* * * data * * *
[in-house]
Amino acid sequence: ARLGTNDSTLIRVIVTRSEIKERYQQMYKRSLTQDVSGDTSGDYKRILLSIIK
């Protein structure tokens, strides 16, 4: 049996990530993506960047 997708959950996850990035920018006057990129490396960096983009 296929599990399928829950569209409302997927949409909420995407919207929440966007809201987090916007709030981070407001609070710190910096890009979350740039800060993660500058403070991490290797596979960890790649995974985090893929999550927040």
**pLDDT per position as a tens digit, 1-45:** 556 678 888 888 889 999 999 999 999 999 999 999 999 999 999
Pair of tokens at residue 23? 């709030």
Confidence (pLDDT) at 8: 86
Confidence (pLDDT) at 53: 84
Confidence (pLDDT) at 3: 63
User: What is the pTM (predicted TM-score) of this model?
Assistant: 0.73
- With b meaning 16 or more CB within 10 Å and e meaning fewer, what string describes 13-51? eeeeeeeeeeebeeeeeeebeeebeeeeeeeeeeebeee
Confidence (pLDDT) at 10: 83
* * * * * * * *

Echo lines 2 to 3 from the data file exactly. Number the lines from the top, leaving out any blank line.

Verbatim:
Amino acid sequence: ARLGTNDSTLIRVIVTRSEIKERYQQMYKRSLTQDVSGDTSGDYKRILLSIIK
């Protein structure tokens, strides 16, 4: 049996990530993506960047 997708959950996850990035920018006057990129490396960096983009 296929599990399928829950569209409302997927949409909420995407919207929440966007809201987090916007709030981070407001609070710190910096890009979350740039800060993660500058403070991490290797596979960890790649995974985090893929999550927040």